Author(s): Fazan R Jr, Ballejo G, Salgado MC, Moraes MF, Salgado HC
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Abstract In conscious chronic (12 to 18 weeks) streptozotocin diabetic rats, we examined the changes in basal heart rate, with particular attention to heart rate variability assessed by evaluating the standard deviation (bpm) of the lengths of adjacent pulse pressure. We also investigated in anesthetized rats the ability of the aortic baroreceptors to acutely (30 minutes) reset to hypertensive levels. For this purpose, pressure-nerve activity curves for the baroreceptors were obtained, and gain (slope of the curve) and mean arterial pressure at 50\% of maximal baroreceptor activity were calculated. The shift of the pressure-nerve activity curve was used as an index of resetting. Conscious diabetic rats (n=6) exhibited lower mean arterial pressure (93+/-6 versus 109+/-4 mm Hg), heart rate (272+/-25 versus 359+/-11 bpm), and heart rate variability (18+/-7 versus 36+/-6 bpm) than control rats (n=7). Under anesthesia, diabetic rats (n=7) and control rats (n=8) exhibited similar mean arterial pressure (113+/-6 versus 109+/-7 mm Hg in control rats ), mean arterial pressure at 50\% of maximal baroreceptor activity (117+/-5 versus 107+/-6 bpm), gain (1.66+/-0.08 versus 1.81+/-0.05\%/mm Hg), and extent of resetting (44+/-12 versus 49+/-9\%) to hypertensive levels. The present study demonstrated that conscious chronic diabetic rats presented lower heart rate variability than control rats. On the other hand, chronic diabetes was not associated with alterations in baroreceptor function or its ability to rapidly reset to hypertensive levels.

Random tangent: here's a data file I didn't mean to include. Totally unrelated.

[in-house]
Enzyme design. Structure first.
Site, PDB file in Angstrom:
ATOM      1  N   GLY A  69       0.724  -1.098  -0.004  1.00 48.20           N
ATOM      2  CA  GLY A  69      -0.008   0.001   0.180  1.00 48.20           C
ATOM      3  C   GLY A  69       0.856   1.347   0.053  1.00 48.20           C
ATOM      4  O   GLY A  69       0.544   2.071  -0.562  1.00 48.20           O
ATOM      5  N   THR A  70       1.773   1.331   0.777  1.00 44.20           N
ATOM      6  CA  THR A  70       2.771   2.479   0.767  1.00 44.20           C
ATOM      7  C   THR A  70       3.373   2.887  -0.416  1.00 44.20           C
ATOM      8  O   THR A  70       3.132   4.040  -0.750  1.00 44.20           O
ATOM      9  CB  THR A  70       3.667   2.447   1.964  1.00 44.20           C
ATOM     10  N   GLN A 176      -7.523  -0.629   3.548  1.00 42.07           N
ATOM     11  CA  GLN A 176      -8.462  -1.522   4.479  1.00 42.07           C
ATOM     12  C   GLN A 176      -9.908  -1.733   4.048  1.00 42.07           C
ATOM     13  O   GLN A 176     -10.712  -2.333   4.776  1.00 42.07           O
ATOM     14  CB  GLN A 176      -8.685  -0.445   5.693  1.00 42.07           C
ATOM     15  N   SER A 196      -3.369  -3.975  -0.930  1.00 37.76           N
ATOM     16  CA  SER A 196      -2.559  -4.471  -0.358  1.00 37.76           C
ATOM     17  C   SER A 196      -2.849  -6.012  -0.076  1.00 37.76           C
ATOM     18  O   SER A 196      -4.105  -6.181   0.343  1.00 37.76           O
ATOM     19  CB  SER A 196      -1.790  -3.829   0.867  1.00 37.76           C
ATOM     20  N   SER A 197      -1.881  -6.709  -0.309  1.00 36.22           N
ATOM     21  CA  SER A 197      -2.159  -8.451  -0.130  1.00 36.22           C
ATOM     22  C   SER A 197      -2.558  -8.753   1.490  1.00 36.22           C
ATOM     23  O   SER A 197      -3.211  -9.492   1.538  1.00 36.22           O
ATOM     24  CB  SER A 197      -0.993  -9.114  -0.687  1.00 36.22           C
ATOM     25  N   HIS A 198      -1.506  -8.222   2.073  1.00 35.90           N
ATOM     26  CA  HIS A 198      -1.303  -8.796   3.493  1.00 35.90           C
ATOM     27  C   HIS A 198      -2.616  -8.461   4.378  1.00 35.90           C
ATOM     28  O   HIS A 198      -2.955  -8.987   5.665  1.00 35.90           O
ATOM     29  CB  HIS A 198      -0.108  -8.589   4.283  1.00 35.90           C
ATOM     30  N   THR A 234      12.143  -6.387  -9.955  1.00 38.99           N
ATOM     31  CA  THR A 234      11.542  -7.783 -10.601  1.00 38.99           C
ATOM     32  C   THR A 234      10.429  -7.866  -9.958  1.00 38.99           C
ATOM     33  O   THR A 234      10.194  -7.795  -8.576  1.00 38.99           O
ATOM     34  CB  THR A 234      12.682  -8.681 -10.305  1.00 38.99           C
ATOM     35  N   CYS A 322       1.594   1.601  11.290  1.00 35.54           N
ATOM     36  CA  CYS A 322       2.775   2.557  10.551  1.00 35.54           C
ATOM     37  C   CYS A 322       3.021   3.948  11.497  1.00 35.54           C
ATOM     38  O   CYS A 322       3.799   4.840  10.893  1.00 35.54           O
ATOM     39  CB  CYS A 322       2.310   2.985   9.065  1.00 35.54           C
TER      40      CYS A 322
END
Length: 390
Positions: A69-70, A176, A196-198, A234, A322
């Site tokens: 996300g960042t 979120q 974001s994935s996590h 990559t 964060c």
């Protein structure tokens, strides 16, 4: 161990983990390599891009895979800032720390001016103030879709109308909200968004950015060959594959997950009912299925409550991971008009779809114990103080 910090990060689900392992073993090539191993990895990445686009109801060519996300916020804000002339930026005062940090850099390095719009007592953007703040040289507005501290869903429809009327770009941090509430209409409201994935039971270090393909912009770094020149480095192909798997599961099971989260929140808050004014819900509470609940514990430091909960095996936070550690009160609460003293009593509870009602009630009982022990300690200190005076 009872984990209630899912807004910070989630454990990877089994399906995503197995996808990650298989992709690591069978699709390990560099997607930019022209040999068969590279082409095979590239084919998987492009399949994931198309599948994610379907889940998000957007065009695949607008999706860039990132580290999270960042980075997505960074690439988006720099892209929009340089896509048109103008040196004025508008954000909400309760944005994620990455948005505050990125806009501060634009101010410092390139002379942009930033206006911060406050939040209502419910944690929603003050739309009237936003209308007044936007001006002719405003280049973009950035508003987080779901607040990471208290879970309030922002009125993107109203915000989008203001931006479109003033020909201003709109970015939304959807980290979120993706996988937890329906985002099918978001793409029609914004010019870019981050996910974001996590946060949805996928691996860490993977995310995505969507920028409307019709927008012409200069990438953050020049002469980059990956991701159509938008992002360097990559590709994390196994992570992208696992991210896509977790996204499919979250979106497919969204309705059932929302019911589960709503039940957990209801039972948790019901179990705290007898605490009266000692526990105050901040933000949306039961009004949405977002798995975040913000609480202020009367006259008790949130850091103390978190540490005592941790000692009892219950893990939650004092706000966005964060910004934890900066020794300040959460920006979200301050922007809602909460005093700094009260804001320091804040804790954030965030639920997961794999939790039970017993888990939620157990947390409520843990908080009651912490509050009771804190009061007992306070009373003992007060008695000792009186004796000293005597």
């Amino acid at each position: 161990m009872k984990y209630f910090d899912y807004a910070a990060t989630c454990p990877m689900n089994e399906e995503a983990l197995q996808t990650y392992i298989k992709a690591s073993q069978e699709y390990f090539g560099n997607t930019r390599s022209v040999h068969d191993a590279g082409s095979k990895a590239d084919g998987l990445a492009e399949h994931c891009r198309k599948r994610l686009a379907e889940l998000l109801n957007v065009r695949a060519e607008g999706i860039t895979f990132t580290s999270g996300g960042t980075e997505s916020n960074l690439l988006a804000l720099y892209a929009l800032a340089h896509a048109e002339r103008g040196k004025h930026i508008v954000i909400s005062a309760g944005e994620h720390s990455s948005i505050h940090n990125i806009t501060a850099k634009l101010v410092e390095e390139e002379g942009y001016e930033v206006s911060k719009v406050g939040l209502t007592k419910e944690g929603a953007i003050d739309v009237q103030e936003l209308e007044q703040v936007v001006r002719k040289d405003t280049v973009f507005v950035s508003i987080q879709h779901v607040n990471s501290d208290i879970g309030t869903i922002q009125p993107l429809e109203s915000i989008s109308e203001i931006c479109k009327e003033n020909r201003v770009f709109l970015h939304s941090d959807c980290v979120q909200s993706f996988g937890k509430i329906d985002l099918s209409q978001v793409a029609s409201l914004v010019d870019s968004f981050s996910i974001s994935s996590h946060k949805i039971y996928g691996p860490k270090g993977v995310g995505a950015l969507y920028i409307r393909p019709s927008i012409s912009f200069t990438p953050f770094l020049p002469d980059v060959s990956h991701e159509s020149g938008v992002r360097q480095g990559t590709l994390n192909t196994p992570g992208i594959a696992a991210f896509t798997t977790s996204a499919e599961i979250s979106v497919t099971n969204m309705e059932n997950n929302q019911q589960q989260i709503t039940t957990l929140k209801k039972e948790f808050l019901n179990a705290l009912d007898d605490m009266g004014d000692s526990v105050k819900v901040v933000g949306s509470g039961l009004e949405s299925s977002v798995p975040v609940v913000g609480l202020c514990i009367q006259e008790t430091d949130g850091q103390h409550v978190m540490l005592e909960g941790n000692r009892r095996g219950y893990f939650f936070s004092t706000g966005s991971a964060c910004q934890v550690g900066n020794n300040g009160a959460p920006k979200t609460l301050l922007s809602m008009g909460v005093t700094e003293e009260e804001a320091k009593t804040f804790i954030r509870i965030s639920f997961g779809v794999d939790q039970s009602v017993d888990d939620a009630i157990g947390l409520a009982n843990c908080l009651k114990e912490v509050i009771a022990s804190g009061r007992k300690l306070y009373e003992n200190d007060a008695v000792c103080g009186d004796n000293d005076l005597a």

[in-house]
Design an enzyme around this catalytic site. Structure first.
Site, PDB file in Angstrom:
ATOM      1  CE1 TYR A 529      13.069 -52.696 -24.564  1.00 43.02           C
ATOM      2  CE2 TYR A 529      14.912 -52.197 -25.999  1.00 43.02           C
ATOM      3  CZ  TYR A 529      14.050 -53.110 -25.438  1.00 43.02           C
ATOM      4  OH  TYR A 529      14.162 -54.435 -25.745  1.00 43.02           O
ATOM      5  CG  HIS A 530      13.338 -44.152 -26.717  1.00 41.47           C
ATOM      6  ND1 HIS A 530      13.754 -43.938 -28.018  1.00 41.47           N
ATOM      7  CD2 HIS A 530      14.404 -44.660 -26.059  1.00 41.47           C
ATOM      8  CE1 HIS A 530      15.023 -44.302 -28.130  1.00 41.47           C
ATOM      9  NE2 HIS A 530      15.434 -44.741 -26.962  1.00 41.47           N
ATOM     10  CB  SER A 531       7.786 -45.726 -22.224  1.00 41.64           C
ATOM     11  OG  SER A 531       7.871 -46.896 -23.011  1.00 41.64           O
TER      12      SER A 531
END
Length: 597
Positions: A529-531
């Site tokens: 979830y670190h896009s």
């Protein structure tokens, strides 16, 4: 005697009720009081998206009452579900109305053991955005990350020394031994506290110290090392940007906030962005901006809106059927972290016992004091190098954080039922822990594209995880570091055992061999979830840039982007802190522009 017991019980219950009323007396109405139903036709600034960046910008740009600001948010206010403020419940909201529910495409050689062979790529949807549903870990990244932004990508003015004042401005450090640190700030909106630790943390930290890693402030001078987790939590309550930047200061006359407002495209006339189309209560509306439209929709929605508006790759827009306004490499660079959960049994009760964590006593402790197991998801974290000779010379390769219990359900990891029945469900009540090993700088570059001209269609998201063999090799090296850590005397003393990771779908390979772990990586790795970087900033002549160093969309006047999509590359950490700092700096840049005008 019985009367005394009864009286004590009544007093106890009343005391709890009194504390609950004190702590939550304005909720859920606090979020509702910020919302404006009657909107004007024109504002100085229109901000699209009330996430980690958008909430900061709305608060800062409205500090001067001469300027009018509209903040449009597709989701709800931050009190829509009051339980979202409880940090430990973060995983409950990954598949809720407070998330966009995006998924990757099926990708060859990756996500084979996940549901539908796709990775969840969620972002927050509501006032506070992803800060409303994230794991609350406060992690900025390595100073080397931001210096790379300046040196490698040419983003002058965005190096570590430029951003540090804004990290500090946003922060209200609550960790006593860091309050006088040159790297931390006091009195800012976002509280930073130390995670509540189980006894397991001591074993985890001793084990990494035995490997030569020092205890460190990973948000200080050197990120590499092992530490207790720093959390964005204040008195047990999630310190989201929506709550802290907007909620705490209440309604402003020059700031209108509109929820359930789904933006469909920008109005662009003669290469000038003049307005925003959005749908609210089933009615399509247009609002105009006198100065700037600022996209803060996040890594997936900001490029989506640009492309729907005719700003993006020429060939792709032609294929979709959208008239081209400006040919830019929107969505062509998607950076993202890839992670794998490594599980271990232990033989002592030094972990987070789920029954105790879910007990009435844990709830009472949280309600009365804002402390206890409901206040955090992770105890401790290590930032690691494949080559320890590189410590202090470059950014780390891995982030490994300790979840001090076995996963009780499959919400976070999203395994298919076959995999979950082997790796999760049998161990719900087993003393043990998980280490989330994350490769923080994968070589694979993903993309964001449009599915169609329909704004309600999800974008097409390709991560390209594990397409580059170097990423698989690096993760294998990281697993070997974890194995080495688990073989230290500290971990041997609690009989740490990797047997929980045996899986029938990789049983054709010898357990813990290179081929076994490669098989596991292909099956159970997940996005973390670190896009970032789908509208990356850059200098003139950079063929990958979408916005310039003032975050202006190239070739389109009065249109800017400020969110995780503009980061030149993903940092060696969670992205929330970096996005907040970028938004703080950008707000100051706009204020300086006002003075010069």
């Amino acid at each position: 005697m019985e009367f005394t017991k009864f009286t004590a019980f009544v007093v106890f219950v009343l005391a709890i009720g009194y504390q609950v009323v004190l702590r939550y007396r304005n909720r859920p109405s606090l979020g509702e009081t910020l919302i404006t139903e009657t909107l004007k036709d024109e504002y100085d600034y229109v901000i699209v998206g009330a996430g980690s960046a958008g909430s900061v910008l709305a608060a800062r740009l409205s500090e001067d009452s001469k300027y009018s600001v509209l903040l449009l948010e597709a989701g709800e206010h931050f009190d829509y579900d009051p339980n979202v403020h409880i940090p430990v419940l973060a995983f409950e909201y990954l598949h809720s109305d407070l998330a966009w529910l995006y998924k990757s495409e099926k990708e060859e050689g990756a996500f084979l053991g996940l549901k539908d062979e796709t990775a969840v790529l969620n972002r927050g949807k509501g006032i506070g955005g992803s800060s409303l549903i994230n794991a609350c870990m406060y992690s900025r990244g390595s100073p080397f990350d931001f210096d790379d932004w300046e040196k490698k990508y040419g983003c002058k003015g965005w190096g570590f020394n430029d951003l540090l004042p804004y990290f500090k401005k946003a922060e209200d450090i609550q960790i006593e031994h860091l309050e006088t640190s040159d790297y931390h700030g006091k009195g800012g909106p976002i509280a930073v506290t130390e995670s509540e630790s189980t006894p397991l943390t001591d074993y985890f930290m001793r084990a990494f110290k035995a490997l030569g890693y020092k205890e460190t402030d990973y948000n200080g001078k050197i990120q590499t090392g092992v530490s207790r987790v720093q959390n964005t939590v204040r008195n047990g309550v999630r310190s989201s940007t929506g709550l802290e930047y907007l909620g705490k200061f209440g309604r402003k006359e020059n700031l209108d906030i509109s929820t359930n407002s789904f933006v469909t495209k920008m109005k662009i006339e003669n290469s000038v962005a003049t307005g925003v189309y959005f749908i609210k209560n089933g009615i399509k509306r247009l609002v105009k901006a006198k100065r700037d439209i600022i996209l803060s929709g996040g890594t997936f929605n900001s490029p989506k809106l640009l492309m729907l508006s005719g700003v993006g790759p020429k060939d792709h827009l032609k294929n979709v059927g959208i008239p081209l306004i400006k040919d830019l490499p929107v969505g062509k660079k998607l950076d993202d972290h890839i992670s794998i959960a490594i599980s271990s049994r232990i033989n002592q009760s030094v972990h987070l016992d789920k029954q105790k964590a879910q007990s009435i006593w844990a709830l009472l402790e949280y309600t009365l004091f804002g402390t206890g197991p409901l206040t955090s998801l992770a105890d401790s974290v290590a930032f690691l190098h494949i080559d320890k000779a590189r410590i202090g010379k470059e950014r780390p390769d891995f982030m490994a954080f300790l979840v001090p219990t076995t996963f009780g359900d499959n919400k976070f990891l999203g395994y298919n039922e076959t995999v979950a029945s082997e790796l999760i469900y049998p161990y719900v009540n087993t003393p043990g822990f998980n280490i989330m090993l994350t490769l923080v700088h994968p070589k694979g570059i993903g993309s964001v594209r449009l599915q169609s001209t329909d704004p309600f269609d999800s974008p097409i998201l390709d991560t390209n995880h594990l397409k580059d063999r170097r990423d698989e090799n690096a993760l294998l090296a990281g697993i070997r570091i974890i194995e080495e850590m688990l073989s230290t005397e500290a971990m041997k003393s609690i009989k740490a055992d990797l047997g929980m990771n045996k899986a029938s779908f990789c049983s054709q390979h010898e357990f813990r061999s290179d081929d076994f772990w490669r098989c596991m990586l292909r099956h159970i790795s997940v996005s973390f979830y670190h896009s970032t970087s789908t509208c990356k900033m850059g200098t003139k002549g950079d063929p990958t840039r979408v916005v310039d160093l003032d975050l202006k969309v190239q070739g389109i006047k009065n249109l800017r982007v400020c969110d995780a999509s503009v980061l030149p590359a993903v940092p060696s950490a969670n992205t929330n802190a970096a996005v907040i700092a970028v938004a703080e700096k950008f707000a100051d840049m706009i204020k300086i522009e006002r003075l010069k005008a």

This article was published in Hypertension
and referenced in Anatomy & Physiology: Current Research